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Review: Fitbit Ionic is a Decent Fitness Smartwatch Spoiled By Lingering Bugs

The Ionic is Fitbit’s first real effort at a “true” smartwatch, and there’s plenty riding on the $300 device. Not only is the activity tracker company late to the smartwatch game, its market share in wearables has shrunk because of increasingly sophisticated rival devices from the likes Apple and Xiaomi.

To have a hope of reviving its fortunes, Fitbit sought out a new creative direction and subsequently bought Pebble late last year. The wearable technology that Fitbit inherited as part of the acquisition now powers the new Ionic operating system, called Fitbit OS.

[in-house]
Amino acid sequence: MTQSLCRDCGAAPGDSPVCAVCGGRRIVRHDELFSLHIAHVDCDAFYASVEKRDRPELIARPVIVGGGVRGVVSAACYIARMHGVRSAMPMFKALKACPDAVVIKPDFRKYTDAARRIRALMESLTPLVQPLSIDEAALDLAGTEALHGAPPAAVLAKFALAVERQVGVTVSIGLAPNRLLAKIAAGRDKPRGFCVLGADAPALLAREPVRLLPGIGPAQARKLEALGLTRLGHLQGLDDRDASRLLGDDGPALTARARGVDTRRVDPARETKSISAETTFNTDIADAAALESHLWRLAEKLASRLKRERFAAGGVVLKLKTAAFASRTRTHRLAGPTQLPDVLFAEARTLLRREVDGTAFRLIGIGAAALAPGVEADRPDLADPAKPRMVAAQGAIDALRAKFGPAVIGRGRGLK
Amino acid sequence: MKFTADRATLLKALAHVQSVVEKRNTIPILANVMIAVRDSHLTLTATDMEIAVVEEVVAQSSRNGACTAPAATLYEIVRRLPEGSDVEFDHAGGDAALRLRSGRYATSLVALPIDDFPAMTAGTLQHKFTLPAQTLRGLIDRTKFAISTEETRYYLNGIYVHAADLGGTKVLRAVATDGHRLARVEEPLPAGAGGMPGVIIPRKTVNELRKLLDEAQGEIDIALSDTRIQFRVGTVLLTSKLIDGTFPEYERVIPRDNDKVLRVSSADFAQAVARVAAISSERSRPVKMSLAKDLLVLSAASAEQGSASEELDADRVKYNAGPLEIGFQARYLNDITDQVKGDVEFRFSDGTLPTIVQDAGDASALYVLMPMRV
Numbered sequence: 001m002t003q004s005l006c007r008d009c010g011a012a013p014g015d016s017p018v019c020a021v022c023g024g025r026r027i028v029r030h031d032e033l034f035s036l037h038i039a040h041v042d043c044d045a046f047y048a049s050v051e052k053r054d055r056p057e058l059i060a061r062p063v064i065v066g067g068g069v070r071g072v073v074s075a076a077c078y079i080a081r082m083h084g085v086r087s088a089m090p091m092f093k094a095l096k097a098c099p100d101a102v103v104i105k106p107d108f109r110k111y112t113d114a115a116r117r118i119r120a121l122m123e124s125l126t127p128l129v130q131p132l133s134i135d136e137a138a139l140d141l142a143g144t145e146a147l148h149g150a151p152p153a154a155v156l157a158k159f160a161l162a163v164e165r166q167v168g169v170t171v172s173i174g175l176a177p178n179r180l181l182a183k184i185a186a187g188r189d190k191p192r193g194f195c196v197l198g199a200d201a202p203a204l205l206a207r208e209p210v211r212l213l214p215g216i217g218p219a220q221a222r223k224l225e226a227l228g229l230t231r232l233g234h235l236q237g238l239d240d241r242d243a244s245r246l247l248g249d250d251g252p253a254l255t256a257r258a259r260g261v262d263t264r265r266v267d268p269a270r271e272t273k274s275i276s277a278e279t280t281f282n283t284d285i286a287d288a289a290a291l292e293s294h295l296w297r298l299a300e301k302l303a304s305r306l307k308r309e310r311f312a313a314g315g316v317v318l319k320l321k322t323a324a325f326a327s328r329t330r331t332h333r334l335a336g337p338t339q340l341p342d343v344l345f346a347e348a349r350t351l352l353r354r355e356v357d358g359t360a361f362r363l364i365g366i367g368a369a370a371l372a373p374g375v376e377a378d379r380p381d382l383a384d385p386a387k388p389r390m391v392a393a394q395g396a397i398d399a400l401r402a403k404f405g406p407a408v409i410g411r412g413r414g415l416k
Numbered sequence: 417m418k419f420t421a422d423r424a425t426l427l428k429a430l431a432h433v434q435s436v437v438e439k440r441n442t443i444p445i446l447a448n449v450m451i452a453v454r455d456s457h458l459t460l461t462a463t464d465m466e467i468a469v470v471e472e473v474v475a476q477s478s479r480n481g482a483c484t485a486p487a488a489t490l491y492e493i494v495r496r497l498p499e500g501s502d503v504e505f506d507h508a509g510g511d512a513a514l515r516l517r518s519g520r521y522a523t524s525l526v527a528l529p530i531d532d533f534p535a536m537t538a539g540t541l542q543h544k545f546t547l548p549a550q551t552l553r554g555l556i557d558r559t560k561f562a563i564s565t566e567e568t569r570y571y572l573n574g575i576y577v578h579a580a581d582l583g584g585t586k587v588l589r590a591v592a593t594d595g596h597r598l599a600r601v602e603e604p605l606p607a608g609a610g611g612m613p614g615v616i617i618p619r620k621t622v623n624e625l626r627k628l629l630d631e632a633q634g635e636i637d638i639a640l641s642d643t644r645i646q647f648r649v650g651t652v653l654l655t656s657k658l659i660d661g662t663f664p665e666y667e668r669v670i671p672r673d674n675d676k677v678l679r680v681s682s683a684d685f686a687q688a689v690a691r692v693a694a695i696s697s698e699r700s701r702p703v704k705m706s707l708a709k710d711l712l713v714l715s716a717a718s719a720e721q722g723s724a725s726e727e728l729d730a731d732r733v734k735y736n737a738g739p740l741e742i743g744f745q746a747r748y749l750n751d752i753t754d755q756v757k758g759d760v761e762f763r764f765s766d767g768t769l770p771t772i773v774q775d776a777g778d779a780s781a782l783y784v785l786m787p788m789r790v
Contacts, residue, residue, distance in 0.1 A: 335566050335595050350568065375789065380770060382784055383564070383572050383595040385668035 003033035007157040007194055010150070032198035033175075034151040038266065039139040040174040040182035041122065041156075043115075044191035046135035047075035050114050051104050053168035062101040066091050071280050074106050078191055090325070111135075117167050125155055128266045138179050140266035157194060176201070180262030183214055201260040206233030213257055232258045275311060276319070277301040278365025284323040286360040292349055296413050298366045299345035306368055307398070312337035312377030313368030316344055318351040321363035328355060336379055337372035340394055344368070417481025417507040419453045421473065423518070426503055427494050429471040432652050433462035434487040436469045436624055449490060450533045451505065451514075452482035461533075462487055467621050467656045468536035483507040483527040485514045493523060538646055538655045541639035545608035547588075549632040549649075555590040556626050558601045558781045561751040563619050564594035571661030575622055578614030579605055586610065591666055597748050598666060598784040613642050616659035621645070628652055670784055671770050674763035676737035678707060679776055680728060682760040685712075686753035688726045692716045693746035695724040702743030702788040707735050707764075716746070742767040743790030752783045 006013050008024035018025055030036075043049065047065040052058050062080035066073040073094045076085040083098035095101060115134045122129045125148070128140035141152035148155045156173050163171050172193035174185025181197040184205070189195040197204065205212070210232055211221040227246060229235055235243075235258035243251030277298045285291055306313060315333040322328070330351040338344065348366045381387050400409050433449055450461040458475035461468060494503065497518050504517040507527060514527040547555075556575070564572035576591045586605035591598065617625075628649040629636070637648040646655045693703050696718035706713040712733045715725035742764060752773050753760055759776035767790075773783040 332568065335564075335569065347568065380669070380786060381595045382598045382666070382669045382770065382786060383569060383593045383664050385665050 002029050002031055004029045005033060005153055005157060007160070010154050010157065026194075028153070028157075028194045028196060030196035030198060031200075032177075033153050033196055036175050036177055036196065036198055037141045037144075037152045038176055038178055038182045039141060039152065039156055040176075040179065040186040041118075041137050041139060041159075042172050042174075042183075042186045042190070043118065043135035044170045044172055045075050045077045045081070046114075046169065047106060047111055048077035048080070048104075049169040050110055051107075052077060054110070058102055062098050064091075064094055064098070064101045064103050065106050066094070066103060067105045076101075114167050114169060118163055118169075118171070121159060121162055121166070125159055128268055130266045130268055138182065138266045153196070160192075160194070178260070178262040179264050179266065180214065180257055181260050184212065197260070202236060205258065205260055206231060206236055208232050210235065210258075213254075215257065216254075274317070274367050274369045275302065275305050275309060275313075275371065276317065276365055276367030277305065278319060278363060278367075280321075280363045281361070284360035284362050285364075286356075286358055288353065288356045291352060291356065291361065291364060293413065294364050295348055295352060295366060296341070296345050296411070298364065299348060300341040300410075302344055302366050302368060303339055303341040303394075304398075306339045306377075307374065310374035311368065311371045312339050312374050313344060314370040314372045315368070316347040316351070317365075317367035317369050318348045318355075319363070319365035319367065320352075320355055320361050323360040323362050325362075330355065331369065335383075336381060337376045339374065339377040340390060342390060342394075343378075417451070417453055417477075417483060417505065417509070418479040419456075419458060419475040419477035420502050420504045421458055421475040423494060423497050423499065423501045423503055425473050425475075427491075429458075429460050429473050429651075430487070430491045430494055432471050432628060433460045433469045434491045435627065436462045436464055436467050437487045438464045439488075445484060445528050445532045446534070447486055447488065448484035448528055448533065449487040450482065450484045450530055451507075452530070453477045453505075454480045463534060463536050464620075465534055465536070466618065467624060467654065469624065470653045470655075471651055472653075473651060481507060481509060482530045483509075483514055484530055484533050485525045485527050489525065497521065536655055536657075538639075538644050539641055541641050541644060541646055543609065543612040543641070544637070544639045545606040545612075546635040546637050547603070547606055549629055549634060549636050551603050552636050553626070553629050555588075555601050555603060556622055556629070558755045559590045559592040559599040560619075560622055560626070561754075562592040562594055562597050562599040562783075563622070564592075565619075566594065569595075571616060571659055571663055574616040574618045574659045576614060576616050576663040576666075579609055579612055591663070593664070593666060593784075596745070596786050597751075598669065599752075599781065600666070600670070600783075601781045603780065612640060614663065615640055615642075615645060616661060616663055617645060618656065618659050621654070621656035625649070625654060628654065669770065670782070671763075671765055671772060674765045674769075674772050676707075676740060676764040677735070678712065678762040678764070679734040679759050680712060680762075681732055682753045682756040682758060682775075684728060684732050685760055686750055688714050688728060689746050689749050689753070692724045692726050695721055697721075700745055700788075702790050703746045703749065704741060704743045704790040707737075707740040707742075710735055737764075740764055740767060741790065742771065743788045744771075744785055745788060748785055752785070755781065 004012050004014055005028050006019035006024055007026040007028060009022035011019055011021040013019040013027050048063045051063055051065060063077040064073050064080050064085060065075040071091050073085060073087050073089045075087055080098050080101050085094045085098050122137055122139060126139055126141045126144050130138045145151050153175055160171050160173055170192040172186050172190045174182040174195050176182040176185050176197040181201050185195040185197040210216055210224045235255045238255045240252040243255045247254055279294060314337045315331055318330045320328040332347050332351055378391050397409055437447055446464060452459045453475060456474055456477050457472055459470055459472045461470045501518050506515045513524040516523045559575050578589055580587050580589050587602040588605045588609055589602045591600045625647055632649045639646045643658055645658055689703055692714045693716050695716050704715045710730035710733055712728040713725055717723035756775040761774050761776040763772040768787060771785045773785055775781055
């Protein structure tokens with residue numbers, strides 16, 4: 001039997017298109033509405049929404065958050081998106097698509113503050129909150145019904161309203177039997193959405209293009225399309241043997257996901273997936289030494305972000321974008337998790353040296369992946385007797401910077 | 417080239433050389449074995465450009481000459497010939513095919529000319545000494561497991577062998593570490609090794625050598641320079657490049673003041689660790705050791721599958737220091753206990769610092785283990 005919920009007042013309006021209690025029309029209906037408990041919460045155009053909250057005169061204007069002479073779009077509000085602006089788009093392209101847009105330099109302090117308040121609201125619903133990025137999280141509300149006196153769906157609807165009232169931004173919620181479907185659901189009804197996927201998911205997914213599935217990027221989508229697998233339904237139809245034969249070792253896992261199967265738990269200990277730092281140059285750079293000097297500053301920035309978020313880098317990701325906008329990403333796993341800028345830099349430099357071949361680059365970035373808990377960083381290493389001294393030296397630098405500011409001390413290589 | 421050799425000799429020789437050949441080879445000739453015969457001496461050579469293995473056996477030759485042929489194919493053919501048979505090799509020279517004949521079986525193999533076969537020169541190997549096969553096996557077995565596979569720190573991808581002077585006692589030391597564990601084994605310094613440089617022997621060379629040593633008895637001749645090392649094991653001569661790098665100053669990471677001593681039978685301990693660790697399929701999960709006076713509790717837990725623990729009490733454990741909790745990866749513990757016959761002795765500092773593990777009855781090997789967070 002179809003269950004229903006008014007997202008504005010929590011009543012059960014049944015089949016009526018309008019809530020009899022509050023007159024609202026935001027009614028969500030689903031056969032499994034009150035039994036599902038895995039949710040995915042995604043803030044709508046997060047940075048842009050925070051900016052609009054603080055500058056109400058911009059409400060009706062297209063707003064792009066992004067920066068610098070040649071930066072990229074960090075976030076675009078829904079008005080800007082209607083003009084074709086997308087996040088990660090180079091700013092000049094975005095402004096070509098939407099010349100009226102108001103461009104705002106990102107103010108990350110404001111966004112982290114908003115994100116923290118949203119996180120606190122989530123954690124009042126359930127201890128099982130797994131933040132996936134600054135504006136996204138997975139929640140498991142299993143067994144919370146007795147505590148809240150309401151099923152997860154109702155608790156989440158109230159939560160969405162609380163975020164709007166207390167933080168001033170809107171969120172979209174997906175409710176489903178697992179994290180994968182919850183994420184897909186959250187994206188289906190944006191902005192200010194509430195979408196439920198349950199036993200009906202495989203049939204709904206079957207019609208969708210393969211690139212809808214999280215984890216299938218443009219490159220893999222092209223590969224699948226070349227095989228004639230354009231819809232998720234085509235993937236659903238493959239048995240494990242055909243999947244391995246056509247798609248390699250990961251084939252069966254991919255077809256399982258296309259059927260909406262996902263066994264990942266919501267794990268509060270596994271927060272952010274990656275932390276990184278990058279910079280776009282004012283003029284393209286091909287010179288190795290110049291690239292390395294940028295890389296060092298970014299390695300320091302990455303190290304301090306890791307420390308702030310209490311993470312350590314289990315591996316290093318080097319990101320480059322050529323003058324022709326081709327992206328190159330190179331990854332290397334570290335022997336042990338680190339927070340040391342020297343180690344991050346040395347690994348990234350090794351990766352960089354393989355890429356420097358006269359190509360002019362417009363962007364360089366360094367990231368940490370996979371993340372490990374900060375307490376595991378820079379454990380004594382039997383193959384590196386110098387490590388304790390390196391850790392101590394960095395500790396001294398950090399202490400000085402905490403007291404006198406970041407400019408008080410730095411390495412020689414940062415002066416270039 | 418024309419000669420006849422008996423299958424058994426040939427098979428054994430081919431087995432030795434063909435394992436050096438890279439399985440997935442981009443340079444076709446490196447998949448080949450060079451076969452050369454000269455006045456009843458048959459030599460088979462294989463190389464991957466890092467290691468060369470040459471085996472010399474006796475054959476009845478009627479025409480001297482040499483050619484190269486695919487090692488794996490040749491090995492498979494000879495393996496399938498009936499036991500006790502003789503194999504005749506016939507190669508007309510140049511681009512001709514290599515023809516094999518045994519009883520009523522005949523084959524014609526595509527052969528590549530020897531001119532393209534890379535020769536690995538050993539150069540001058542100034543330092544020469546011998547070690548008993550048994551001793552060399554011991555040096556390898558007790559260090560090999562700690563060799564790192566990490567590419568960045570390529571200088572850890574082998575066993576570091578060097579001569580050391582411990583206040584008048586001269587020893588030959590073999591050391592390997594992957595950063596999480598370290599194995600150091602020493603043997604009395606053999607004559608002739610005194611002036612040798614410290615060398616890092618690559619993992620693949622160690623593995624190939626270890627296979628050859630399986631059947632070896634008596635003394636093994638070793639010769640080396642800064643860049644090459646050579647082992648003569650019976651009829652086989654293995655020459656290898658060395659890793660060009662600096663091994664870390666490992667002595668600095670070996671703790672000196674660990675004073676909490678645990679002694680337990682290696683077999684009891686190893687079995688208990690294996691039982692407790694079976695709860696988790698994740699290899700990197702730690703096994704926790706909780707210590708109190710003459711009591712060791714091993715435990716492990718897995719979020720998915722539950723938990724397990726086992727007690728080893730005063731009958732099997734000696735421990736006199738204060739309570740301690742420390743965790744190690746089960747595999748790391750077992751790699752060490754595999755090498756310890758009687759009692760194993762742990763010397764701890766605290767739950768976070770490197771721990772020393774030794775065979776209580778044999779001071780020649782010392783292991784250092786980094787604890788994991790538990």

Last month, app makers were supplied with an SDK to see what third-party apps they can come up with for the Ionic. In the meantime, I was interested to look at what Fitbit’s smartwatch has to offer out of the box, and in particular, how it compares to its closest kin, the Fitbit Blaze.

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